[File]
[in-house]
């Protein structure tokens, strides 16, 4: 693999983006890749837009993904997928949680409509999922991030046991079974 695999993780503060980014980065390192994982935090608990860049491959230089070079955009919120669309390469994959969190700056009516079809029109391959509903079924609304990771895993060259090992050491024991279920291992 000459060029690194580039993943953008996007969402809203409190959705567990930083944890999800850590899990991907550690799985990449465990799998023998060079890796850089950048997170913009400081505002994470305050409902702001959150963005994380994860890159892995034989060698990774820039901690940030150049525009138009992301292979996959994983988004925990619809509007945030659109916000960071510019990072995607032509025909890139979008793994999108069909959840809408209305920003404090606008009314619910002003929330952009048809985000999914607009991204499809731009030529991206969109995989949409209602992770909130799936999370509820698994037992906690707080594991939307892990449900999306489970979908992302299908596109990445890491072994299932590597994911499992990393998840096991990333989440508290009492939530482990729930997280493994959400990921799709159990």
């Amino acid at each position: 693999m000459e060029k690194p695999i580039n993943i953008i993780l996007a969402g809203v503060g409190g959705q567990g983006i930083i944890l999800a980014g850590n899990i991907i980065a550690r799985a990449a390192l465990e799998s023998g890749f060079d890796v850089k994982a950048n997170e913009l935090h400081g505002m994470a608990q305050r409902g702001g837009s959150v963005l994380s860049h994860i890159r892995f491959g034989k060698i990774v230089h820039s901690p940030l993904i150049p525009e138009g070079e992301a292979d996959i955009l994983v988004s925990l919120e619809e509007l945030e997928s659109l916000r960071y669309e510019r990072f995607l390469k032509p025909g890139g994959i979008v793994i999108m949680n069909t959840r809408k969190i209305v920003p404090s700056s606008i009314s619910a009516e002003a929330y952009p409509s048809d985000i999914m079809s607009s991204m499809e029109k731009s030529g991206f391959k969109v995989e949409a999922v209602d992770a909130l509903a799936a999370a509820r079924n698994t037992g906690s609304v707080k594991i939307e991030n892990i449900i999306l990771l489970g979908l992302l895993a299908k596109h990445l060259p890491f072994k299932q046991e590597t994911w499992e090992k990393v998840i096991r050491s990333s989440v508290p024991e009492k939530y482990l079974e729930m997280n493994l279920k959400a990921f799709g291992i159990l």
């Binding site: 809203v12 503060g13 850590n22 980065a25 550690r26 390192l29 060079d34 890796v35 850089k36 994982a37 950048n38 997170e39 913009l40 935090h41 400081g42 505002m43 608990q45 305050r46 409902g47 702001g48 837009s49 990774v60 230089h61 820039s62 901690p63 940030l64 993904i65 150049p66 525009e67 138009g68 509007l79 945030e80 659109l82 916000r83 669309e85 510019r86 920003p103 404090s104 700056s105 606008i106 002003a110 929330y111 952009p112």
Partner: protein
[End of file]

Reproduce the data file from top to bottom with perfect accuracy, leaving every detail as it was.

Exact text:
[in-house]
């Protein structure tokens, strides 16, 4: 693999983006890749837009993904997928949680409509999922991030046991079974 695999993780503060980014980065390192994982935090608990860049491959230089070079955009919120669309390469994959969190700056009516079809029109391959509903079924609304990771895993060259090992050491024991279920291992 000459060029690194580039993943953008996007969402809203409190959705567990930083944890999800850590899990991907550690799985990449465990799998023998060079890796850089950048997170913009400081505002994470305050409902702001959150963005994380994860890159892995034989060698990774820039901690940030150049525009138009992301292979996959994983988004925990619809509007945030659109916000960071510019990072995607032509025909890139979008793994999108069909959840809408209305920003404090606008009314619910002003929330952009048809985000999914607009991204499809731009030529991206969109995989949409209602992770909130799936999370509820698994037992906690707080594991939307892990449900999306489970979908992302299908596109990445890491072994299932590597994911499992990393998840096991990333989440508290009492939530482990729930997280493994959400990921799709159990």
């Amino acid at each position: 693999m000459e060029k690194p695999i580039n993943i953008i993780l996007a969402g809203v503060g409190g959705q567990g983006i930083i944890l999800a980014g850590n899990i991907i980065a550690r799985a990449a390192l465990e799998s023998g890749f060079d890796v850089k994982a950048n997170e913009l935090h400081g505002m994470a608990q305050r409902g702001g837009s959150v963005l994380s860049h994860i890159r892995f491959g034989k060698i990774v230089h820039s901690p940030l993904i150049p525009e138009g070079e992301a292979d996959i955009l994983v988004s925990l919120e619809e509007l945030e997928s659109l916000r960071y669309e510019r990072f995607l390469k032509p025909g890139g994959i979008v793994i999108m949680n069909t959840r809408k969190i209305v920003p404090s700056s606008i009314s619910a009516e002003a929330y952009p409509s048809d985000i999914m079809s607009s991204m499809e029109k731009s030529g991206f391959k969109v995989e949409a999922v209602d992770a909130l509903a799936a999370a509820r079924n698994t037992g906690s609304v707080k594991i939307e991030n892990i449900i999306l990771l489970g979908l992302l895993a299908k596109h990445l060259p890491f072994k299932q046991e590597t994911w499992e090992k990393v998840i096991r050491s990333s989440v508290p024991e009492k939530y482990l079974e729930m997280n493994l279920k959400a990921f799709g291992i159990l």
């Binding site: 809203v12 503060g13 850590n22 980065a25 550690r26 390192l29 060079d34 890796v35 850089k36 994982a37 950048n38 997170e39 913009l40 935090h41 400081g42 505002m43 608990q45 305050r46 409902g47 702001g48 837009s49 990774v60 230089h61 820039s62 901690p63 940030l64 993904i65 150049p66 525009e67 138009g68 509007l79 945030e80 659109l82 916000r83 669309e85 510019r86 920003p103 404090s104 700056s105 606008i106 002003a110 929330y111 952009p112």
Partner: protein